Do expensive amenities like great food and game rooms really attract the best employees? That’s been the conventional wisdom for the past decade. But more and more offices are rethinking what the most meaningful perks are–doing away with cafeterias for more vacation time, for example.
While some argue that unlocking engagement from millennial workers lies in playground-like offices, CityLab highlights a new survey that says that it’s peace and quiet that’s the real key. Carried out by Oxford Economics (a spin-off organization of Oxford University), the results revealed that uninterrupted work time was at the top of most of the 1,200 respondents’ wish lists. Meanwhile, none said that free food was the most important.
Surprisingly, the study revealed that millennial workers were the most vocal about noise complaints: 74% of people surveyed worked in open offices–a once-popular design strategy that’s seeing more and more backlash. Because of the rising cost of real estate, it’s unlikely that we’ll all receive private offices anytime soon, but there are some design strategies that can mitigate noise and distractions to help people concentrate and get more work done. We share 10 ideas below, ranging from larger interventions to quick fixes.
“The most important thing to remember about sound is that it is relative,” Robert Benson, a principal and design leader at the global architecture firm CannonDesign says. “Reducing sound may actually make the ‘noise’ worse. Imagine sitting in a charming cafe. Twenty people chatting about their day and you are able to read a book because the sound is even. There is a nice din that becomes background allowing you to focus. Now imagine that there is only one other table occupied in the cafe. The conversation at that table is really the only sound being made in the space. You hear every word, and it is as if they are chatting inside your head. The go-to strategy is to match the energy in the workspace. Open meeting areas should be adjacent to circulation or other sound-producing areas. Gather quieter spaces near each other.”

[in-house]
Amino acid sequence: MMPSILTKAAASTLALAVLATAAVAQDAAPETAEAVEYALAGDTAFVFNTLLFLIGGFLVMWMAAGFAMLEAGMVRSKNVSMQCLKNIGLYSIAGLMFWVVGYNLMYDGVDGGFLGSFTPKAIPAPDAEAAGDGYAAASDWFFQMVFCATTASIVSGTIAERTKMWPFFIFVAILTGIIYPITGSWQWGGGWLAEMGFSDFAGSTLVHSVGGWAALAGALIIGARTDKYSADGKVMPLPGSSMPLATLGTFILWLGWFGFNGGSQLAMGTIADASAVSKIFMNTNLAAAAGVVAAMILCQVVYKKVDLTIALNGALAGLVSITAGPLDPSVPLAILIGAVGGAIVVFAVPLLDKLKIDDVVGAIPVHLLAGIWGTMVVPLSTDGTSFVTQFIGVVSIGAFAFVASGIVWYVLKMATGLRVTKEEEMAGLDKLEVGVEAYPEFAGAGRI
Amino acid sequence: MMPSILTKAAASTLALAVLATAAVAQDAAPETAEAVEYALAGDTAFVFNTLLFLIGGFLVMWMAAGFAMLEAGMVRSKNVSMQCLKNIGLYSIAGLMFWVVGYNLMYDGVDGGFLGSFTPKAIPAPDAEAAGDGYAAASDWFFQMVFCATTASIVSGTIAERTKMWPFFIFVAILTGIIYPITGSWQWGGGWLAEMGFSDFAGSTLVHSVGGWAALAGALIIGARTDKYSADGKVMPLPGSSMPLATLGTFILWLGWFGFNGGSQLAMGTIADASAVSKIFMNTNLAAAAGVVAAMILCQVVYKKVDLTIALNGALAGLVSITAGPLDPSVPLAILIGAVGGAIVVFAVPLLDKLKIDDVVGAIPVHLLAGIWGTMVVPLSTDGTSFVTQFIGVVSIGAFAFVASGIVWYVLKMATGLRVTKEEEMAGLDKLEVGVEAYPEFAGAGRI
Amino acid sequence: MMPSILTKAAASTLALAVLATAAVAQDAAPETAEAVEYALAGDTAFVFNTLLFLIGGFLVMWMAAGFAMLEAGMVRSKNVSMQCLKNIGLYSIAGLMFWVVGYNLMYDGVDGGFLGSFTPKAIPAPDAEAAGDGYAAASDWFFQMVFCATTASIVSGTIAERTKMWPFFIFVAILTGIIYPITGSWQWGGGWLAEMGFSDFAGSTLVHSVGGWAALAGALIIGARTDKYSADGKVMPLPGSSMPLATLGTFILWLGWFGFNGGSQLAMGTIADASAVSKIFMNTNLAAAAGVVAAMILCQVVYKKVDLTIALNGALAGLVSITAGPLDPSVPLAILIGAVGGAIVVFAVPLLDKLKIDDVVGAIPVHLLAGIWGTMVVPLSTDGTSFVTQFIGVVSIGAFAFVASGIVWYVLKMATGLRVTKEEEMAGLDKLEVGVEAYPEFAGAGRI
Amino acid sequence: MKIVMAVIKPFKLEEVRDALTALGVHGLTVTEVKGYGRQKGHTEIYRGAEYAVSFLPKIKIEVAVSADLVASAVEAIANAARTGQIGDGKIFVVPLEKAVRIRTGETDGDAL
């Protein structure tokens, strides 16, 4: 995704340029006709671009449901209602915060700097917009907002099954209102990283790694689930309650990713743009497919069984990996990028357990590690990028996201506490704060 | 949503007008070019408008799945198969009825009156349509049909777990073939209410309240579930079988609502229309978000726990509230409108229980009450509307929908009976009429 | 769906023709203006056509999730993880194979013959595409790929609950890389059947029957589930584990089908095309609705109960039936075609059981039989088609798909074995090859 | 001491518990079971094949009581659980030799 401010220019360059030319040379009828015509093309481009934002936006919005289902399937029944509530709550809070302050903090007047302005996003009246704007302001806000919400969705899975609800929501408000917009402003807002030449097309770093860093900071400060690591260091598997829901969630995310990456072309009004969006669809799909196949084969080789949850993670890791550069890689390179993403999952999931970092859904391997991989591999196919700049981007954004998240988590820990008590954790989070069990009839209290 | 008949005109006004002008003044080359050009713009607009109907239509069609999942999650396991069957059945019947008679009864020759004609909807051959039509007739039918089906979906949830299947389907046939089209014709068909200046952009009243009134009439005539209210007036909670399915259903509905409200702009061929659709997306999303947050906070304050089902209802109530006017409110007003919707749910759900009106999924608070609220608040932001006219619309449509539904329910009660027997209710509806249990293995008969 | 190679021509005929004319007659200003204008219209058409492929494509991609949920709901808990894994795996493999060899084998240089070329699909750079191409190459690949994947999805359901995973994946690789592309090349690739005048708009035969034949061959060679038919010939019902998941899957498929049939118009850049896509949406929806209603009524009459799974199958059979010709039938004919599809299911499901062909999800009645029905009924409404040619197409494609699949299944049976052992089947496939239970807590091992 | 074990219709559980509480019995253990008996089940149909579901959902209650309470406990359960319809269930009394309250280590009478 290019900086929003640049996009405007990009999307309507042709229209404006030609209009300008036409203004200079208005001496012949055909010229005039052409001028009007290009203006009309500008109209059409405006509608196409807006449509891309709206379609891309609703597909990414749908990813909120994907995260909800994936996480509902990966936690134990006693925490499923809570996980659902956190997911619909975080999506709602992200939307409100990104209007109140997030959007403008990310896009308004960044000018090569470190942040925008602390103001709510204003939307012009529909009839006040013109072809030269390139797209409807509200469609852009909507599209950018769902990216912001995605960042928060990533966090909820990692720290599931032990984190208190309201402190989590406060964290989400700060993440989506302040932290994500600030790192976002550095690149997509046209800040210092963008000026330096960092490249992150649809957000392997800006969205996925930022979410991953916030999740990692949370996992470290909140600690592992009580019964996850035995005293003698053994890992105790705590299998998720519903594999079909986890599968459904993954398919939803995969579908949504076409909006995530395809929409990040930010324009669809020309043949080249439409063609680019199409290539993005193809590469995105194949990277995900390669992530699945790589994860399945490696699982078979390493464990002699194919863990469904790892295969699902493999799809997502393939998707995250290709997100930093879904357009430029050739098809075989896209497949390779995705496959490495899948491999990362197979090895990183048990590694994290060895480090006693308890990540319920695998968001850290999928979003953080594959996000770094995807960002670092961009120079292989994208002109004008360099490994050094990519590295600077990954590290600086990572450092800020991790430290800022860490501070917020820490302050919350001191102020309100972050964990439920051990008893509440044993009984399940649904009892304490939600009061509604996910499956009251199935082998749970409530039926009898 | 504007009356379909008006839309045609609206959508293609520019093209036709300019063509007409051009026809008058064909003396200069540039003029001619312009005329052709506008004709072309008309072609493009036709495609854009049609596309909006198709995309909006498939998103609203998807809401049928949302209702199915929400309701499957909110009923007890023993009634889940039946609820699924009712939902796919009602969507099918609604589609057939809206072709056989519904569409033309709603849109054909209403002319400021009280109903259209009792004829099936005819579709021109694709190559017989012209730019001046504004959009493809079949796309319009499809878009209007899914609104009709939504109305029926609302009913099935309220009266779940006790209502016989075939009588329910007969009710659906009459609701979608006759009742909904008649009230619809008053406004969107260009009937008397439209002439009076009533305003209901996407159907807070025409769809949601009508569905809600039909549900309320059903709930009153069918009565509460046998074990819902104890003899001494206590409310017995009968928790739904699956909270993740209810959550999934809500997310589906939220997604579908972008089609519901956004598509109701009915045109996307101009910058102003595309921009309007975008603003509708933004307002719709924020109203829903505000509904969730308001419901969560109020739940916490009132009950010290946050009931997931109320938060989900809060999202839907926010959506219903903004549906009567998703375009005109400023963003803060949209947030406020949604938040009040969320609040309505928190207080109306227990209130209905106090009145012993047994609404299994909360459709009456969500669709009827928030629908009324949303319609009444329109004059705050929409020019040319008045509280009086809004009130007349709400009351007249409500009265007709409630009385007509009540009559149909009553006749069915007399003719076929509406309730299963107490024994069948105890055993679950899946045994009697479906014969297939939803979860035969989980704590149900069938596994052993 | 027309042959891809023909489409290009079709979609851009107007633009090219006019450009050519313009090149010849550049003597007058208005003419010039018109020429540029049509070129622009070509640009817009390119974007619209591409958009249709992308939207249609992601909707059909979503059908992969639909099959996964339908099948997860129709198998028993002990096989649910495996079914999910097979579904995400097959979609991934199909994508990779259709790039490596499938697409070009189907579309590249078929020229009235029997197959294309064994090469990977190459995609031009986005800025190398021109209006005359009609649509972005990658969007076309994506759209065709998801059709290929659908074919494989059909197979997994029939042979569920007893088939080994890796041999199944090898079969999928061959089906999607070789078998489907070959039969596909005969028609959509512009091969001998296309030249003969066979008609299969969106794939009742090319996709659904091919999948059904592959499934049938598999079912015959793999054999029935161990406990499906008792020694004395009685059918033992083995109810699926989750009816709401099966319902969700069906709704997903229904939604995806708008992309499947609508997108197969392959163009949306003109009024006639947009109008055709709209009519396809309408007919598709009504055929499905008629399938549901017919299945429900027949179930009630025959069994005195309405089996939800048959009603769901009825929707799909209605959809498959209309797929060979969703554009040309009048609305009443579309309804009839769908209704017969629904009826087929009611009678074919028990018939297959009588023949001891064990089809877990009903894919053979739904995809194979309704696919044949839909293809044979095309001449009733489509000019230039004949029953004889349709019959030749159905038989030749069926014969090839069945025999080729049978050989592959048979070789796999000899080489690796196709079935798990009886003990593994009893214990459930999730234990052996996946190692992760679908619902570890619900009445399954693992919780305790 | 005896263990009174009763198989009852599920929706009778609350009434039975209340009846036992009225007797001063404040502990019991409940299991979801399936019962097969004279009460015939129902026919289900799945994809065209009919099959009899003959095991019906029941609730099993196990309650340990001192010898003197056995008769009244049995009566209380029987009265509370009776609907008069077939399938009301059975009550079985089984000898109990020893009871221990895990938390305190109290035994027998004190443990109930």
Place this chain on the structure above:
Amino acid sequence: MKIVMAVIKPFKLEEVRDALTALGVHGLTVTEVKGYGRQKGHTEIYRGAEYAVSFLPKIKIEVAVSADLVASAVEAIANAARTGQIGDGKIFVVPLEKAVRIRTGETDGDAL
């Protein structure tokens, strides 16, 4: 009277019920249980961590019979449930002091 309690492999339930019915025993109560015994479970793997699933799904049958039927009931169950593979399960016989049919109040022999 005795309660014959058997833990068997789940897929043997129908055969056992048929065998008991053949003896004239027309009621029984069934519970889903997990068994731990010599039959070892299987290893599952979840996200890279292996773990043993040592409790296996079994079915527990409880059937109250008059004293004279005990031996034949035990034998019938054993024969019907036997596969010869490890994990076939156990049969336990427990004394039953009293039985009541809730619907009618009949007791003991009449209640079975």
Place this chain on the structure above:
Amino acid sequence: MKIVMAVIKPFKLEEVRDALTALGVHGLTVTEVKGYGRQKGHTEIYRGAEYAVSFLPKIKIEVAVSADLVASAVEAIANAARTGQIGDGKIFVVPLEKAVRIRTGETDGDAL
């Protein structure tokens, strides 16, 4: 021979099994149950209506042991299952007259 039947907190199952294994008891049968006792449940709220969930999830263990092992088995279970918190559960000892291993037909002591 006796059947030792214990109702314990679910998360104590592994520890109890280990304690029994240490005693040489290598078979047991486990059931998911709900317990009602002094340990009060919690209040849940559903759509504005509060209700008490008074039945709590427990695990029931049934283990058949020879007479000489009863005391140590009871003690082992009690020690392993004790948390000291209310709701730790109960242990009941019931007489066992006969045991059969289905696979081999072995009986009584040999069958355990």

“Providing spaces for concentration is easy–just don’t expect a workstation to do it,” Benson says. “The challenge now and tomorrow is maintaining the right level of energy. Walking into a deadly quiet workspace is not inspiring. More and more people want to be part of a team that is collaborating. They want to see activity. They want to see the mission of the organization happen.”
The furniture company Steelcase and writer Susan Cain collaborated on these workspaces (also shown above) that offer communal semi-private space that’s still visually connected to the rest of the office. In renovating its HQ in Minnesota, 3M is dedicating communal spaces for either quiet work or conversational, collaborative work to help control activity and noise.
“Allowing users in a workspace to relocate–or flow–to spaces that suit their needs, at that moment, increases productivity and satisfaction in the workplace,” Benson says. “Secondly understanding the type of work happening throughout the workforce is critical. Quiet zones, similar to that deployed on commuter rails, are becoming more and more popular.”